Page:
After nearly six years of living/working in London, the daily northern line commute/high speed pace of everyday life had started to grate.
Much as I love London, I had begun to feel like I was seeing more of the underground and office than anywhere else and had noticeably started to adopt the corpse-like pallor and slightly awkward/hunched posture of the 9-?
commuter, used to putting their head down, elbows out and headphones in. This in combination with finding my first grey hairs was making me feel slightly older than my 27 years.
I was lucky enough to really like the place I worked for (a fantastic environmental publisher) but after its independence was sold to the highest bidder earlier in the year, I saw an opportunity to change things, to swap the rapid for a considerably slower place of life. So the upshot is that we’re going to travel around the world without taking a plane, embracing slow (and hopefully low carbon) travel and rejecting a life where everything must be done immediately. There’ll be long (blissful?) periods at sea with no email contact but I will get over my temporary technophobia enough to update this blog every now and again for anyone interested in what we’re doing.
Climate Change and Travel
It is now very, very difficult to ignore the links between climate change and travel and nearly all main stream travel guides provide sections on this (some more hidden than others). Lonely Planet now includes a small boxed section in each of its books which says:
‘Climate Change is a serious threat to the ecosystems that humans rely upon, and air travel is the fastest- growing contributor to the problem. Lonely Planet regards travel, overall, as a global benefit, but believes we all have a responsibility to limit our personal impact on global warming’.
It then goes on to highlight further the impact that flying in particular has on upon our environment:
‘Pretty much every motor travel generate CO2 (the main cause of human-induced climate change) but planes are by far and away the worst offenders, not just because of the sheer distances they allow us to travel, but because they release greenhouse gases high into the atmosphere. The statistics are frightening: two people taking a return flight between Europe and the US will contribute as much to climate change as an average households gas and electricity consumption over a whole year’.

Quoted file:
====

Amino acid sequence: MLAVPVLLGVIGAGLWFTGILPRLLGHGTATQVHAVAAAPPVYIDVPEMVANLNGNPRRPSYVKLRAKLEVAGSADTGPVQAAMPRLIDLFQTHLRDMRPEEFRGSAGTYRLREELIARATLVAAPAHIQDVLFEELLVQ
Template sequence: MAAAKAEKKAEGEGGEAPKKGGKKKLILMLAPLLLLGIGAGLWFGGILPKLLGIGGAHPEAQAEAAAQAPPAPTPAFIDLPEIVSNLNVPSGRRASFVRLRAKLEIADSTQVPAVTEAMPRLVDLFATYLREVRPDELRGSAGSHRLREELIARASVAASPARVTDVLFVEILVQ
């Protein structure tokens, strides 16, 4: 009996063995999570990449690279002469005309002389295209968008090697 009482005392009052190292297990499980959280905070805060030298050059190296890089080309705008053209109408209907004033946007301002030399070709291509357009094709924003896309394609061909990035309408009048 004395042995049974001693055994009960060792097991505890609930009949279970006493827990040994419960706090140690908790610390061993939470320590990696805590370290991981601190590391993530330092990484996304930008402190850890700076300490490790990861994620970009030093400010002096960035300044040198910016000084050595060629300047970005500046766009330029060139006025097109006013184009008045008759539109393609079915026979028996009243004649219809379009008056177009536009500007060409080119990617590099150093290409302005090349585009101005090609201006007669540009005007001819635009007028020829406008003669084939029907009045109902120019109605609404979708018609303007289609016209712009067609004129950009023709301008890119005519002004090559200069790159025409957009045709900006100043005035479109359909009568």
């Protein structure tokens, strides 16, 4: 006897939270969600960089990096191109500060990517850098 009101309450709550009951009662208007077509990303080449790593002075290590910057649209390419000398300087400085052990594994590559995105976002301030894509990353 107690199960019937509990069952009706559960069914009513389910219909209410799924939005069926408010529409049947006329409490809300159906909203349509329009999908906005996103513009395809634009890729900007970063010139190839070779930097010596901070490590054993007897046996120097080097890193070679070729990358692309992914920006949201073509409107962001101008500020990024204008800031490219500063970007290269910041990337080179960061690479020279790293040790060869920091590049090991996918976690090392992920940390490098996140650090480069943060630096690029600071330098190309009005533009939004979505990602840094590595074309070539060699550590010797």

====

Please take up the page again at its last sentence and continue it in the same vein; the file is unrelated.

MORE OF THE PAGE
We are not going to pretend that boats are much better (unless you’re getting on a cargo ship/sailing the seas in a small boat). George Monbiot for one has highlighted that luxury cruise travel is hugely emitting and the tonnes of carbon dioxide produced on a transatlantic voyage per passenger are comparable to taking a flight. However, the one big difference between these two modes of transport is that a boat takes seven days to reach its destination, whereas a plane can complete the journey and back again seven times in the same period, ultimately carrying around the same number of people in total as the boat on its one journey. A boat can also allow you to stop off at points along the way, which for a plane would result in a steep increase in emissions due to the fact that a considerable quantity of these are created during take-off and landing (which is why long haul flights are ironically better for the environment per mile than short haul). Although we will ultimately be covering more miles on this trip by slow train than by boat (hopefully reducing our overall carbon emissions), we are aware that travelling the world was always going to result in higher emissions than holidaying within the UK or Europe by train. We are viewing this trip as a once in a life time journey and we wanted to be able to experience on that journey the expanse of every passing mile and ultimately to appreciate the distance we have travelled.
Useful Books and Websites
- The Guardian Green Travel Guide: How to Plan your Ideal Break, edited by Liane Katz
- Heaven on Earth: Travel that doesn’t Cost the Earth, edited by Sarah Siese
- The Ethical Travel Guide: Your Passport to Exciting Alternative Holidays, edited by Polly Pattullo
- Flight-Free Europe: Great Breaks by Rail, Road and Sea, Time Out Editions
- Great Train Journeys of the World, Time Out
- Final Call: Investigating who really Pays for our Holidays, Leo Hickman
- http://www.seat61.com/ – the man in seat 61 really does have all the answers. An absolutely fantastic site.
- www.lowcarbontravel.com – Ed Gillespie’s blog of his trip around the world without flying